Device Power Management in IoT

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Device Power Management in IoT

Learn how you can implement device power management in IoT.

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power management iot

One aspect to consider while developing an IoT project is device power management. With the rise of the Internet of Things, the optimization of the battery-operated devices is an important aspect that can make a huge difference. Device power management in the IoT is a challenging task because a device could always be powered up and could be located everywhere. Often, IoT devices are located remotely and they must use a battery to work.

IoT Device Power Management: How to Implement It

The device power management in IoT involves all the steps related to the designing process, and it is very important to take into account how the device will behave and how this behavior affects energy consumption. The battery capacity and device behavior are two of the most important aspects. In more detail, the device behavior can have a bad impact on energy management. Usually, we can model an IoT device power consumption using three different areas:

  • Microcontroller
  • Radio operations
  • Sensors and actuators

A typical IoT device use case is:

  • Acquiring data from sensors
  • Sending and receiving data
  • Controlling actuators

Usually, an IoT device uses one or more sensors to acquire information related to the environment. The data acquired are used locally or remotely to take decisions. This information is acquired using sensors, and each sensor has specific power consumption. Therefore, it is very important to select sensors carefully in order to optimize power management.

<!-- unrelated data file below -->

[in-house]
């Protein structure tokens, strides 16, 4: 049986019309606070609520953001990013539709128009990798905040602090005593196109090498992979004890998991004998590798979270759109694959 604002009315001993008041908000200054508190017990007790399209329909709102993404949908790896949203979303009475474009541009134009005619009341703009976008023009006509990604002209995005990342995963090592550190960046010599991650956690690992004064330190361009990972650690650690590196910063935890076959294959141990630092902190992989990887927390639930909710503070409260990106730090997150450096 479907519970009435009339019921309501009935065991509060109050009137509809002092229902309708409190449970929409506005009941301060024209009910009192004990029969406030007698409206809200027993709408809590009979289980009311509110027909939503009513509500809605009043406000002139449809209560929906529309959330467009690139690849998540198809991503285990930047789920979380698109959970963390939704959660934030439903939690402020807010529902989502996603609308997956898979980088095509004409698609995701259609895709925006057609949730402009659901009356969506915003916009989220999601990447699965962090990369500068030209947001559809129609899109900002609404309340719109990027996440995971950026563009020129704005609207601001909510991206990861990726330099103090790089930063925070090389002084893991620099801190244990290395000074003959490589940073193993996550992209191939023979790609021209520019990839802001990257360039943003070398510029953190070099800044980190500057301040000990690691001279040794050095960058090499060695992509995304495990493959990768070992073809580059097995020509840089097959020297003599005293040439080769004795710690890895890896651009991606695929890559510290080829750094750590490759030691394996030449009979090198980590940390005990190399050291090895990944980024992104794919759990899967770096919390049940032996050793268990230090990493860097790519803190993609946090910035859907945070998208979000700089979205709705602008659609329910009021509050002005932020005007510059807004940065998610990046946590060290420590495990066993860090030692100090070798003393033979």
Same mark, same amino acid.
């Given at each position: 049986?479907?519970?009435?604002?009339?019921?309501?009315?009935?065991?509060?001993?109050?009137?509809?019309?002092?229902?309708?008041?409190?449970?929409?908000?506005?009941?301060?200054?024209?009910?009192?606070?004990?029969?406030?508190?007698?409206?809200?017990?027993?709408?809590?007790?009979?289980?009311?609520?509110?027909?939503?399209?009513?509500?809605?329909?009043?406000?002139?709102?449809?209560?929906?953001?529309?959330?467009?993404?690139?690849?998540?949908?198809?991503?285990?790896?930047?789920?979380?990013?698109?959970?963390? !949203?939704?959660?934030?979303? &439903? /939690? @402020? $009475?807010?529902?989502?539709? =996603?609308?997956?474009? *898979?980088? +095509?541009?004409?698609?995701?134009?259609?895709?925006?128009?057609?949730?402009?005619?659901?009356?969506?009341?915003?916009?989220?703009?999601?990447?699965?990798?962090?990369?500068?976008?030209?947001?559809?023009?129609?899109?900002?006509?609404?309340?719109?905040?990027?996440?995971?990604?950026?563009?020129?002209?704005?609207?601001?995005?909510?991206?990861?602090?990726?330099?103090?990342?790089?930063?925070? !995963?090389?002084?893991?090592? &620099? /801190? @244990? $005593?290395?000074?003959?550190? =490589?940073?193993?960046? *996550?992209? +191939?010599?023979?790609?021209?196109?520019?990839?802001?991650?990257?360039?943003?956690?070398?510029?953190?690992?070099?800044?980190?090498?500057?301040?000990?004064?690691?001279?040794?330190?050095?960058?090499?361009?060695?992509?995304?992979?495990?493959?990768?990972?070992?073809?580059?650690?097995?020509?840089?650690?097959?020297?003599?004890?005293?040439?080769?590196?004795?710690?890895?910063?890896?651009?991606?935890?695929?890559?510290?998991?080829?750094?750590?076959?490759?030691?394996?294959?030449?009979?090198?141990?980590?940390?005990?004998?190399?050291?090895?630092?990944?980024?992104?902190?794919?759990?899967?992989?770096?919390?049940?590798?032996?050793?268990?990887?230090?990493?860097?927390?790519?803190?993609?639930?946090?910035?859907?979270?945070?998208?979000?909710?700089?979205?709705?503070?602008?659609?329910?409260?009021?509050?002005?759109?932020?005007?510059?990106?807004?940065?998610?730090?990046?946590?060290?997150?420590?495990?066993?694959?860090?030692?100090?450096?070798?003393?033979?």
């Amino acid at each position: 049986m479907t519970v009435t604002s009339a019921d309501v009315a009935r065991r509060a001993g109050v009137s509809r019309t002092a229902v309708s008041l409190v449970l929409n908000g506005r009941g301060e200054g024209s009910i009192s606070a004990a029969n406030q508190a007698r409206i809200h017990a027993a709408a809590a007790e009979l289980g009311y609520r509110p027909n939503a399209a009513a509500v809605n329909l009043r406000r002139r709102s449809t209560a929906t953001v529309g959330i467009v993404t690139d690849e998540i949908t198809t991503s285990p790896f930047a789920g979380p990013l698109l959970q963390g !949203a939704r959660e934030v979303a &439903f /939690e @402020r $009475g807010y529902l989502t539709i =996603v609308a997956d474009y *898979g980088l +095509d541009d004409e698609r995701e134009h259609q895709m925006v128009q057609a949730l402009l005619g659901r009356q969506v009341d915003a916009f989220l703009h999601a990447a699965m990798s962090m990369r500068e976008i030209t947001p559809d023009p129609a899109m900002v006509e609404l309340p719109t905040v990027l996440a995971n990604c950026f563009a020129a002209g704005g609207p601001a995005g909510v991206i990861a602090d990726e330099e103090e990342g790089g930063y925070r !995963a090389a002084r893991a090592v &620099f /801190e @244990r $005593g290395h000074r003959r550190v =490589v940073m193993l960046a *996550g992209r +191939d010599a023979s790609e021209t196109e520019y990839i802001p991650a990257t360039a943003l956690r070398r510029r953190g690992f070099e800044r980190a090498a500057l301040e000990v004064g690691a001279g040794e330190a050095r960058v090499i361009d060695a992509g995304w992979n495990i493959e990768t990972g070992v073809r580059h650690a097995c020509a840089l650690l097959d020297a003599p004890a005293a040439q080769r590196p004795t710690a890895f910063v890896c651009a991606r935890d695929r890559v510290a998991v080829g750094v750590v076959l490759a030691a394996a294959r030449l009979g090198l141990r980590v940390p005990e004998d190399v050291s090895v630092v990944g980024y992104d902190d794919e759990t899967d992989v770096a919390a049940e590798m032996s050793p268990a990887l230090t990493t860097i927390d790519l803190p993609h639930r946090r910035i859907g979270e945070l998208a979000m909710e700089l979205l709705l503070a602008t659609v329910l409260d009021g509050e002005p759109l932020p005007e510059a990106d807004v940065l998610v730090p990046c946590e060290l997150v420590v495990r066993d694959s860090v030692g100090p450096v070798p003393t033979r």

An IoT device during its operations can send and receive data remotely. Usually, several IoT devices are connected to an IoT gateway that collects such information and sends them to the cloud. The sending and receiving operation is one of the most expensive tasks from the power management point of view. This operation involves the radio connection (cellular, Wi-Fi, Bluetooth, etc.).

Finally, using some specific business logic locally or remotely, an IoT device can control one or more actuators.

The microcontroller controls all the operations and is the brain of the device, and in order to work, it needs power.

Implementing Power Management in IoT

Now that we have introduced some aspects related to power management in an IoT device, it is time to describe how to implement it. To do it, we will describe some best practices from the development point of view, covering how to write the code that takes into account the device power management.

The easiest way we use to develop an IoT application using Arduino, ESP8266, and other compatible devices is implementing the code in the loop() method. For example, when we have to acquire data from a sensor at specific time intervals, we simply add the delay(..) method, specifying how long the device should wait before starting again and repeat the same tasks. This approach isn’t the best one when we consider the power management aspect. There are different ways we can use to achieve a better result.

In more details, for example, an ESP8266 device has four different modes to “sleep” or save the battery: